Plan of Santiago, Chile, published shortly after its independence.
Plan of the city of Santiago, Chile, with a view of the surrounding countryside including a canal extending from the Maypo (Maipo) to the Mapocho rivers. Items are numbered for identification in key within image. Cartographic elements include compass rose and some topographical features.
The map appeared in Travels into Chile, over the Andes, in the years 1820 and 1821, with some sketches of the productions and agriculture; mines and metallurgy; inhabitants, history, and other features, of America; particularly of Chile, and Arauco.
Chilean Independence--Modernizing Santiago
Prior to Chilean Independence, in the last part of the 18th Century, there was a push to modernize the City and its institutions. In 1767, the corregidor Luis Manuel de Zañartu, began construction of the Calicanto Bridge, effectively allowing the city to join La Chimbato north of the river. At the same time, construction began on the river embankments to prevent overflows of the Mapocho River. In 1780, Governor Agustín de Jáuregui hired the Italian architect Joaquín Toesca, who would design, among other important works, the façade of the cathedral, the Palacio de La Moneda, the canal San Carlos, and the final construction of the embankments during the government of Ambrosio O'Higgins. These important works were opened permanently in 1798. The O'Higgins government also oversaw the opening of the road to Valparaíso in 1791, which connected the capital with the country's main port.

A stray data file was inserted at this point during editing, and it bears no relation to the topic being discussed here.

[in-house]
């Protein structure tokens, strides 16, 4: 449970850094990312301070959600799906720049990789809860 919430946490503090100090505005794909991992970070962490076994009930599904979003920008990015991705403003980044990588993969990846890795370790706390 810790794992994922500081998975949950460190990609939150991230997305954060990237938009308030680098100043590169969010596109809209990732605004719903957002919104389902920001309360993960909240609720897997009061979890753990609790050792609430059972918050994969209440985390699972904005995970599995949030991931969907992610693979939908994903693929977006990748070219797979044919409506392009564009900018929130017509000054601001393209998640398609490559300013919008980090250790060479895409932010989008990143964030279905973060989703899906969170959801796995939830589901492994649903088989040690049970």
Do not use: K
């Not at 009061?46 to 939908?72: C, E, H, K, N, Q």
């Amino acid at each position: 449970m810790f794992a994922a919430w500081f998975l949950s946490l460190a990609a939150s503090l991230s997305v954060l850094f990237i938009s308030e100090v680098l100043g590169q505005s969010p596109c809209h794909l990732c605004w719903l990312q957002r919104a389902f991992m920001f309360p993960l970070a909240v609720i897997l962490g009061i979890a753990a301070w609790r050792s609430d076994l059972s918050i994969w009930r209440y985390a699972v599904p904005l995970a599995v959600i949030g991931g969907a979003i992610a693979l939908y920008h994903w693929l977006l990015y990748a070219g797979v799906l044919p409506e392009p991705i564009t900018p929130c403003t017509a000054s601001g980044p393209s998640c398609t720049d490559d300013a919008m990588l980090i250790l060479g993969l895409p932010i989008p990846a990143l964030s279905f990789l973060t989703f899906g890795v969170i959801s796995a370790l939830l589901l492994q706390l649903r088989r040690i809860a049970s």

On September 10, 1810, the First Government Junta in Santiago was proclaimed, beginning the process of establishing the independence of Chile. The city, which became the capital of the new nation, was threatened by various events, especially the nearby military actions.
The royal government lasted until 1817, when the Army of the Andes secured victory in the battle of Chacabuco, reinstating the patriot government in Santiago. The Spanish army gained new victories in 1818 and headed for Santiago, but their march was definitively halted on the plains of the Maipo River, during the Battle of Maipú on 5 April, 1818.
With the end of the war, Bernardo O'Higgins was accepted as Supreme Director, recommencing a number of public works in Santiago.
Two new earthquakes hit the city, one on 19 November 1822, and another on 20 February, 1835. These two events, however, did not prevent the city's rapid, continued growth. In 1820, the city reported 46,000 inhabitants, while in 1854, the population reached 69,018.